What is Ankylosing Spondylitis (AS)?
AS is a disease which causes inflammation and pain in the spine and other joints such as the shoulder, hips, knees, ankles and the between your sternum and ribs.
Don’t get confused between AS and the seperate terms. Spondylitis alone simply means inflammation of the spine; ankylosis alone means fusion of two bones (mainly your spine).
How Ankylosing Spondylitis can affect my back?
AS causes inflammation outside the joint where the ligaments and tendons are attached to the bone, restricting movement. AS usually starts from the sacro-iliac joint – a small joint which lies between the sacrum and the pelvis, then spread to the vertebral joints of the spine. It usually affects the small joints between the vertebrae of the spine, causing pain and stiffness and thus, lead to restriction of movement.
What causes Ankylosing Spondylitis?
The main cause of AS is still unknown, however occasionally there is a hereditary factor involved, as more than one family member can have this condition.
Since AS presents without a specific cause, it presents differently from many common back pains. It does not seem to be caused by particular jobs or movements and is usually not the result of particular injuries, infections or other medical conditions.
What are the symptoms for Ankylosing Spondylitis?
- Early morning back pain and/or stiffness which improves with movement.
- Back pain and/or stiffness which came on gradually throughout the day.
- Pain/stiffness improves after exercise and is worse after rest.
- Back pain that disturbes your sleep.
- Continuous occurrence of the above symptoms for more than 3 months.
- Pain is relieved for a time after a shower, bath or heat treatments.
- Inflammation of the iris, within the eye. This may include pain in the eye or brow region, pain associated with exposure to light, blurred vision or a reddened eye.
How is Ankylosing Spondylitis Diagnosed?
If your Physiotherapist suspects you to have ankylosing spondylitis, you will be referred to your Physician for further examination including blood tests and possibly imaging such as X-rays, CT scan or an MRI. If the results showed indicate possible ankylosing spondylitis, you are generally referred to see a Rheumatologist who specialises in diagnosing the condition.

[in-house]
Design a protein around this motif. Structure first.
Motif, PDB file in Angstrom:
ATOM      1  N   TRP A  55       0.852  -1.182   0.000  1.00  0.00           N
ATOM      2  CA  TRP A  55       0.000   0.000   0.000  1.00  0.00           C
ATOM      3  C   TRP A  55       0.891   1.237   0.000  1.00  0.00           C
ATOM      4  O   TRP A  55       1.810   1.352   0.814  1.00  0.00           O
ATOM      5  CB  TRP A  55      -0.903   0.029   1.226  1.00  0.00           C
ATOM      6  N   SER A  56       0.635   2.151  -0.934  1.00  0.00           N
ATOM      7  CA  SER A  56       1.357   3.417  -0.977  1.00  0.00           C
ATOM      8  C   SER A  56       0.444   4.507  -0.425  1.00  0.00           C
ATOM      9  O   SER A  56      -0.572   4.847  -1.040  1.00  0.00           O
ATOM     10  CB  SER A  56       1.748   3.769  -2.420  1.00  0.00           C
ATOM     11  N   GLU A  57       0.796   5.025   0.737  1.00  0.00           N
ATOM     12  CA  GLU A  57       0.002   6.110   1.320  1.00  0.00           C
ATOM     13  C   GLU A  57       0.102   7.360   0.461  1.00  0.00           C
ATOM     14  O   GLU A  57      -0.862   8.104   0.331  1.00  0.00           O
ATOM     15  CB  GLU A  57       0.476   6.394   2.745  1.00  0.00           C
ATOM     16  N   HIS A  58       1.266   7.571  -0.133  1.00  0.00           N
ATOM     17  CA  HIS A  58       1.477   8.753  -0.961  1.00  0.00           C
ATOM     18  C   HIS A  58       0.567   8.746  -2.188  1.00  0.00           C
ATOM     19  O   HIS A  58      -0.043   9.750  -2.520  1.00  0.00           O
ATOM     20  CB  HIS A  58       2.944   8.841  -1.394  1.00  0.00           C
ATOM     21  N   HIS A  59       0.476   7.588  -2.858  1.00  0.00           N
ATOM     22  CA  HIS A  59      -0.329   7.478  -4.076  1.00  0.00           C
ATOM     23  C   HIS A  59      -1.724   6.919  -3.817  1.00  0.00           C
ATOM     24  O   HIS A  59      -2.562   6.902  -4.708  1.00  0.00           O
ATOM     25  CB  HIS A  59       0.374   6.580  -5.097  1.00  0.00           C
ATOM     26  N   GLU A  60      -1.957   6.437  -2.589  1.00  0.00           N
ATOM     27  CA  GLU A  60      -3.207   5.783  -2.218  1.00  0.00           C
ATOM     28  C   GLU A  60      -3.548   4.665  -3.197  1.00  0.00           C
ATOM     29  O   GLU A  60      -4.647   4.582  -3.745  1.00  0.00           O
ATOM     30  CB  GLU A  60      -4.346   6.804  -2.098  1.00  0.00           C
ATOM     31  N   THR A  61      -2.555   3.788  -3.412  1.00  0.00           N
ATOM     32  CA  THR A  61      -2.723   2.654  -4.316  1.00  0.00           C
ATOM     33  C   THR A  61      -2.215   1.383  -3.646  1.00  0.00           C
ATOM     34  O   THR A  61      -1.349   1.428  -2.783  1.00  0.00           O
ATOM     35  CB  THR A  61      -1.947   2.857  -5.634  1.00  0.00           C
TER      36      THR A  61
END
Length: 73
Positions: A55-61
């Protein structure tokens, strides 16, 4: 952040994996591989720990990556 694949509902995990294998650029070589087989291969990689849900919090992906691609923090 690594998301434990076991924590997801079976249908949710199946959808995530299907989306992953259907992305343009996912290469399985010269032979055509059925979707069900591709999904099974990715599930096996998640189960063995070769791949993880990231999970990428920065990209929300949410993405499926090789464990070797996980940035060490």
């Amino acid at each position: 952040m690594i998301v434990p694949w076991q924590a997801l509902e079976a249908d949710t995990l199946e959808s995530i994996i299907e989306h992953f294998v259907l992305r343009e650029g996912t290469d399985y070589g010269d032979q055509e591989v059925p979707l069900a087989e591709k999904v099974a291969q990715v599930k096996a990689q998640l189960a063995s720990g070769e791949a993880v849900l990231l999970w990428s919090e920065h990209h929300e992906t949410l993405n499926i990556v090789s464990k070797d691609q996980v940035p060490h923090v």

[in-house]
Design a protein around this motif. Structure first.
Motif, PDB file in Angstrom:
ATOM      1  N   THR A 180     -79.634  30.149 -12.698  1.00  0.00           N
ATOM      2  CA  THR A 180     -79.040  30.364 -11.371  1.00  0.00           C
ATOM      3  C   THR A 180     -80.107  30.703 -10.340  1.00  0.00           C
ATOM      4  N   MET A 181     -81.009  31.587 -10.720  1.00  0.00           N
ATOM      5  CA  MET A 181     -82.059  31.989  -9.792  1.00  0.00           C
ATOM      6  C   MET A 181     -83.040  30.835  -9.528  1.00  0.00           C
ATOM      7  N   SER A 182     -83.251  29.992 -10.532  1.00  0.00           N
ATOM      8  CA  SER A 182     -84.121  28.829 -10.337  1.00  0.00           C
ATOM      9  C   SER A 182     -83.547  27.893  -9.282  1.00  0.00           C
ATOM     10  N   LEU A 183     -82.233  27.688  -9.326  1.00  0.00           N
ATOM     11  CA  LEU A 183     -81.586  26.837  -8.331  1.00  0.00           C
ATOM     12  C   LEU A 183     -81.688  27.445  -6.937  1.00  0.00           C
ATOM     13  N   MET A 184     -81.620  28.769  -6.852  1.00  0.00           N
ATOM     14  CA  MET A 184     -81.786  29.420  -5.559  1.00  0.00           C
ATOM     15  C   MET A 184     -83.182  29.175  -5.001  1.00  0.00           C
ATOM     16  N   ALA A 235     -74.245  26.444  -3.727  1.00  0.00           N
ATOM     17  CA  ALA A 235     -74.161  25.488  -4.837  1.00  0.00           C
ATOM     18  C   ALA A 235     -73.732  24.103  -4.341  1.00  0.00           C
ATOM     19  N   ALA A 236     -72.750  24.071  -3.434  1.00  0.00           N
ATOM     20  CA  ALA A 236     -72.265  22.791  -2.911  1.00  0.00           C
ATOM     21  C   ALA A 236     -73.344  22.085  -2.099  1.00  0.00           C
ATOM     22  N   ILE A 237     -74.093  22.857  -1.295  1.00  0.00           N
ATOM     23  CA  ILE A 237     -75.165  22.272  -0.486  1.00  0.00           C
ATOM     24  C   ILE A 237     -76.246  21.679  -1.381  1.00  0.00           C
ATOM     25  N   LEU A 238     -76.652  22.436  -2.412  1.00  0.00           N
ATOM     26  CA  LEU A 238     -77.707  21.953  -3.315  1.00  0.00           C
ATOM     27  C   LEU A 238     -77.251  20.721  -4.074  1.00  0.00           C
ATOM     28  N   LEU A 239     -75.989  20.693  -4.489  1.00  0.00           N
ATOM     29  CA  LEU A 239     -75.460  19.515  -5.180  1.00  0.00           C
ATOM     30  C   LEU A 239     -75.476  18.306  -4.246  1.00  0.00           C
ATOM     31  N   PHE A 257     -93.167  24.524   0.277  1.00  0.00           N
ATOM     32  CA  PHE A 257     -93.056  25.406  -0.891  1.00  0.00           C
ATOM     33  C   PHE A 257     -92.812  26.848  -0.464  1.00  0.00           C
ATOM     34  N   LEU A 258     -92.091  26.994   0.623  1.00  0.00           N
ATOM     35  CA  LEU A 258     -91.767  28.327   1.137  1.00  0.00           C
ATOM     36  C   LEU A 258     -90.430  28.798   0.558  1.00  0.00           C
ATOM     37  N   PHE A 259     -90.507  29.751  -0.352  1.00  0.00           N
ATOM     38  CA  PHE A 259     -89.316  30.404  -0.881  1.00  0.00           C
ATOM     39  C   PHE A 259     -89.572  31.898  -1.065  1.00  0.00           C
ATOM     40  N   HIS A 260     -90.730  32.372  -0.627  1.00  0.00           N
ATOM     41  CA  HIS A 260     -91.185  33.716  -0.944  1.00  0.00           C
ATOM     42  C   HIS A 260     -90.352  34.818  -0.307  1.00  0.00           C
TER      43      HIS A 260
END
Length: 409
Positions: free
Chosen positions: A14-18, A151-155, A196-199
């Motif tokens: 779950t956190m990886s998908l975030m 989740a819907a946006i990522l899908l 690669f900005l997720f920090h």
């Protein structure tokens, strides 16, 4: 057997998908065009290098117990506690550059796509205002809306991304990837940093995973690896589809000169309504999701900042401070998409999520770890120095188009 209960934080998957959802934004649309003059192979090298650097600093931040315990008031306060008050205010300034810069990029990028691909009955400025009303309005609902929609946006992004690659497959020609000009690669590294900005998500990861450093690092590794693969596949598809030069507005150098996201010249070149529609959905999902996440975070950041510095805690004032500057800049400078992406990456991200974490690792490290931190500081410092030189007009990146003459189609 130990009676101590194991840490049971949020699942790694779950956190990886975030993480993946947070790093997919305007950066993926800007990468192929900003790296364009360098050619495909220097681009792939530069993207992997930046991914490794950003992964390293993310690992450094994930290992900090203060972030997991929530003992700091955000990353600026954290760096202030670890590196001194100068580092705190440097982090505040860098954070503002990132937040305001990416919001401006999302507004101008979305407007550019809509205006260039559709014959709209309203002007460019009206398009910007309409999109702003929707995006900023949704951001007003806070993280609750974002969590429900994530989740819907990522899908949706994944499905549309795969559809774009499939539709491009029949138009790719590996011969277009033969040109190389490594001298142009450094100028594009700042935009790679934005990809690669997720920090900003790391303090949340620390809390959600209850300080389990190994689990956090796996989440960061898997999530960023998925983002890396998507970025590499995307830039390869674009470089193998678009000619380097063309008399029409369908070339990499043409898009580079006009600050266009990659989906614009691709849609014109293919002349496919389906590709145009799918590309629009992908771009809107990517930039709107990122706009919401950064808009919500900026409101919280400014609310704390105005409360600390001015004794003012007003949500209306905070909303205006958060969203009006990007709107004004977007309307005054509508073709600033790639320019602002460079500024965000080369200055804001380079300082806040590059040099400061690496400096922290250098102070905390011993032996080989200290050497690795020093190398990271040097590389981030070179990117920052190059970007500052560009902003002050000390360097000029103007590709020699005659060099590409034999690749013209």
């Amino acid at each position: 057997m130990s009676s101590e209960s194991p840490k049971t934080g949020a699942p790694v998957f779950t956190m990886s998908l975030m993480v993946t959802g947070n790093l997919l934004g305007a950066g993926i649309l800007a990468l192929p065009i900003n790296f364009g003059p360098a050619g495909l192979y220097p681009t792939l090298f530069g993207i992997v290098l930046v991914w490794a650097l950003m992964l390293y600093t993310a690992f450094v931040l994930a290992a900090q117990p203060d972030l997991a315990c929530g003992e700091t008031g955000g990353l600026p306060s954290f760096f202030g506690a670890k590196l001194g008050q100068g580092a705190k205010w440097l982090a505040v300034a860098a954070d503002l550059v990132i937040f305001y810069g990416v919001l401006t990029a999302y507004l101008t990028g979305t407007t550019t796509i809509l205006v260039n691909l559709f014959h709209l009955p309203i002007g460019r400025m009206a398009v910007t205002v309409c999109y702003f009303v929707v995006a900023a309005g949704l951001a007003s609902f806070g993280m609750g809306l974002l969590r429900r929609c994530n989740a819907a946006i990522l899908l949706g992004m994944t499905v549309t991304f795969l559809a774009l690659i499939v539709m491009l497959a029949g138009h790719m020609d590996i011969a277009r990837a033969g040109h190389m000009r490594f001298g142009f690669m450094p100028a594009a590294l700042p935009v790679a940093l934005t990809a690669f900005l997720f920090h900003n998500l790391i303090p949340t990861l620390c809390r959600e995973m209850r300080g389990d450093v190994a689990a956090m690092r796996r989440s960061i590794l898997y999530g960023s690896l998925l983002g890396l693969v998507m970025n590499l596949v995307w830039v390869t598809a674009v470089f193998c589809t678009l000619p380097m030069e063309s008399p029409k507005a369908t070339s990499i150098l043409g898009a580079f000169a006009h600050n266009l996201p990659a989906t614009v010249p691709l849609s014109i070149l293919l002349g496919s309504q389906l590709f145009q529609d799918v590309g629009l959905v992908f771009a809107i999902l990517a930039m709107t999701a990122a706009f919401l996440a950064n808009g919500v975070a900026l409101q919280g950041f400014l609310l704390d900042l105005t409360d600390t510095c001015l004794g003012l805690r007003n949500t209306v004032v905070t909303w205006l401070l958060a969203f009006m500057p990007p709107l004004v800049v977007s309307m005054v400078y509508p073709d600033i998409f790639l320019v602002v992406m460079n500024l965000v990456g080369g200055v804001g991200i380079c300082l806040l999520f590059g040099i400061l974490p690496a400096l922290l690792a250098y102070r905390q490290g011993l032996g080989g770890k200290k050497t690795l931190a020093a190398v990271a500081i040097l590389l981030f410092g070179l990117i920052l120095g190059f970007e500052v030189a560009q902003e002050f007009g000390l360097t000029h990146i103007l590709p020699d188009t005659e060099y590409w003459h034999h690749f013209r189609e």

How Ankylosing Spondylitis is Treated?
Your Physician and Rheumatologist may prescribe medications to help control the inflammatory part of the disease. While medications do not cure ankylosing spondylitis, they do relieve pain and stiffness, allowing you to continue with normal activities.
Since AS is incurable, what happens If I just leave it be?
If AS is not managed well, it can lead to permanent stiffening of the spine, as new bone can grow around the spine, which results in the bones fusing together and limits movement. This will also results in a unique characteristic of stooped posture. As well as seeing your Physician or Rheumatologist for medications, your physiotherapist plays an important role in helping you manage your ankylosing spondylitis.
What Roles of Physiotherapy in Managing AS?
Your physiotherapist will use an specific range of assessments and treatment tools to reduce your
symptoms, restoring movement and muscle function, as well as returning you to your desired activities. Your physiotherapist will provide you with an individualised exercise programme to help you to manage your condition.
If you have any concerns or have some specific questions regarding Ankylosing Spondylitis, contact us for advise.